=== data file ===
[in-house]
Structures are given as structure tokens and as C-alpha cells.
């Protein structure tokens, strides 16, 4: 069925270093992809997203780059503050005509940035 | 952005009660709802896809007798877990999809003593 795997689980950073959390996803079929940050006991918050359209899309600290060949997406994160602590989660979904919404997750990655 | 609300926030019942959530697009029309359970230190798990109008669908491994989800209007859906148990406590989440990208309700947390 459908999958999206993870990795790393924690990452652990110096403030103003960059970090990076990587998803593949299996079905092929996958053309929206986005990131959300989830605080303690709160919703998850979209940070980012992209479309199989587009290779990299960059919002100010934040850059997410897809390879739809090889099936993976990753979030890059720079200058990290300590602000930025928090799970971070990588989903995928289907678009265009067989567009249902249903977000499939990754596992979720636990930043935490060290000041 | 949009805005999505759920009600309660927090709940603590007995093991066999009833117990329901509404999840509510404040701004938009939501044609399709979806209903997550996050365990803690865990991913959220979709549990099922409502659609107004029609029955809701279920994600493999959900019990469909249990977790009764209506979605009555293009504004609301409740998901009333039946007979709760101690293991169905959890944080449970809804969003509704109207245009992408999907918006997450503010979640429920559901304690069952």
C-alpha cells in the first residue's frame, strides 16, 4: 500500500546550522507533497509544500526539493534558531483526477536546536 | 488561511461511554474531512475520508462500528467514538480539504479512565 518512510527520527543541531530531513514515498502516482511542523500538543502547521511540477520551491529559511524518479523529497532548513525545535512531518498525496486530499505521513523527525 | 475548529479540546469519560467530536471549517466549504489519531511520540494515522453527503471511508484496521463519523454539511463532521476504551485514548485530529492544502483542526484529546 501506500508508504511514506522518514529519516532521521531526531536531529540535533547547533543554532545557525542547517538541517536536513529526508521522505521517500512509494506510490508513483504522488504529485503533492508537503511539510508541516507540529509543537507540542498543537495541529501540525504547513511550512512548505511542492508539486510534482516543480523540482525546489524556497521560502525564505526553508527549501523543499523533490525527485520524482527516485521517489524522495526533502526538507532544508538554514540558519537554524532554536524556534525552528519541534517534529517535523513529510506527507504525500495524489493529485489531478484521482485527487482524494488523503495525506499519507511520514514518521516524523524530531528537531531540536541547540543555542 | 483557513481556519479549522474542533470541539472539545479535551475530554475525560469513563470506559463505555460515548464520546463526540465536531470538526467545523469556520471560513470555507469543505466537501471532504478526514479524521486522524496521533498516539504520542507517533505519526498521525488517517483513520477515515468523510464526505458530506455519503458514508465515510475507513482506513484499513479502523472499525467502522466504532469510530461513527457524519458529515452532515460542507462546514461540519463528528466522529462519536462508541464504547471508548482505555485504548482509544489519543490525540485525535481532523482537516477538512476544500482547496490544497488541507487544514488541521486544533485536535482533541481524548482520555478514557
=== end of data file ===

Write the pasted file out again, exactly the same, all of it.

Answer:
[in-house]
Structures are given as structure tokens and as C-alpha cells.
């Protein structure tokens, strides 16, 4: 069925270093992809997203780059503050005509940035 | 952005009660709802896809007798877990999809003593 795997689980950073959390996803079929940050006991918050359209899309600290060949997406994160602590989660979904919404997750990655 | 609300926030019942959530697009029309359970230190798990109008669908491994989800209007859906148990406590989440990208309700947390 459908999958999206993870990795790393924690990452652990110096403030103003960059970090990076990587998803593949299996079905092929996958053309929206986005990131959300989830605080303690709160919703998850979209940070980012992209479309199989587009290779990299960059919002100010934040850059997410897809390879739809090889099936993976990753979030890059720079200058990290300590602000930025928090799970971070990588989903995928289907678009265009067989567009249902249903977000499939990754596992979720636990930043935490060290000041 | 949009805005999505759920009600309660927090709940603590007995093991066999009833117990329901509404999840509510404040701004938009939501044609399709979806209903997550996050365990803690865990991913959220979709549990099922409502659609107004029609029955809701279920994600493999959900019990469909249990977790009764209506979605009555293009504004609301409740998901009333039946007979709760101690293991169905959890944080449970809804969003509704109207245009992408999907918006997450503010979640429920559901304690069952």
C-alpha cells in the first residue's frame, strides 16, 4: 500500500546550522507533497509544500526539493534558531483526477536546536 | 488561511461511554474531512475520508462500528467514538480539504479512565 518512510527520527543541531530531513514515498502516482511542523500538543502547521511540477520551491529559511524518479523529497532548513525545535512531518498525496486530499505521513523527525 | 475548529479540546469519560467530536471549517466549504489519531511520540494515522453527503471511508484496521463519523454539511463532521476504551485514548485530529492544502483542526484529546 501506500508508504511514506522518514529519516532521521531526531536531529540535533547547533543554532545557525542547517538541517536536513529526508521522505521517500512509494506510490508513483504522488504529485503533492508537503511539510508541516507540529509543537507540542498543537495541529501540525504547513511550512512548505511542492508539486510534482516543480523540482525546489524556497521560502525564505526553508527549501523543499523533490525527485520524482527516485521517489524522495526533502526538507532544508538554514540558519537554524532554536524556534525552528519541534517534529517535523513529510506527507504525500495524489493529485489531478484521482485527487482524494488523503495525506499519507511520514514518521516524523524530531528537531531540536541547540543555542 | 483557513481556519479549522474542533470541539472539545479535551475530554475525560469513563470506559463505555460515548464520546463526540465536531470538526467545523469556520471560513470555507469543505466537501471532504478526514479524521486522524496521533498516539504520542507517533505519526498521525488517517483513520477515515468523510464526505458530506455519503458514508465515510475507513482506513484499513479502523472499525467502522466504532469510530461513527457524519458529515452532515460542507462546514461540519463528528466522529462519536462508541464504547471508548482505555485504548482509544489519543490525540485525535481532523482537516477538512476544500482547496490544497488541507487544514488541521486544533485536535482533541481524548482520555478514557